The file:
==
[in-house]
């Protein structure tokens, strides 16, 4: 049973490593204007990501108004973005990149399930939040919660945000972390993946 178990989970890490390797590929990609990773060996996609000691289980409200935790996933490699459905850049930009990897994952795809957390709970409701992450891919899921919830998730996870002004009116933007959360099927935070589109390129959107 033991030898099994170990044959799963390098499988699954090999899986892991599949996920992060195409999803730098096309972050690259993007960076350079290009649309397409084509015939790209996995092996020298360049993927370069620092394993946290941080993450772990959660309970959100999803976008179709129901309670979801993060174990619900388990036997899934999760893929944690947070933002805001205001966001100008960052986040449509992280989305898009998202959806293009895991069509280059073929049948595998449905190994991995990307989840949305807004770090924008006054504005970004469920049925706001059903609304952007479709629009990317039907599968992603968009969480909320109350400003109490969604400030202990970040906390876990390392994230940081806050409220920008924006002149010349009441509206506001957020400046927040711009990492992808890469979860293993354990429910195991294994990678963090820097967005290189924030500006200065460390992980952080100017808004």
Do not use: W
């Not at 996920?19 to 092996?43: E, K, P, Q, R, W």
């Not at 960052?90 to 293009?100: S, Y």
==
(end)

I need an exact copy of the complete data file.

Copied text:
[in-house]
């Protein structure tokens, strides 16, 4: 049973490593204007990501108004973005990149399930939040919660945000972390993946 178990989970890490390797590929990609990773060996996609000691289980409200935790996933490699459905850049930009990897994952795809957390709970409701992450891919899921919830998730996870002004009116933007959360099927935070589109390129959107 033991030898099994170990044959799963390098499988699954090999899986892991599949996920992060195409999803730098096309972050690259993007960076350079290009649309397409084509015939790209996995092996020298360049993927370069620092394993946290941080993450772990959660309970959100999803976008179709129901309670979801993060174990619900388990036997899934999760893929944690947070933002805001205001966001100008960052986040449509992280989305898009998202959806293009895991069509280059073929049948595998449905190994991995990307989840949305807004770090924008006054504005970004469920049925706001059903609304952007479709629009990317039907599968992603968009969480909320109350400003109490969604400030202990970040906390876990390392994230940081806050409220920008924006002149010349009441509206506001957020400046927040711009990492992808890469979860293993354990429910195991294994990678963090820097967005290189924030500006200065460390992980952080100017808004």
Do not use: W
């Not at 996920?19 to 092996?43: E, K, P, Q, R, W």
């Not at 960052?90 to 293009?100: S, Y």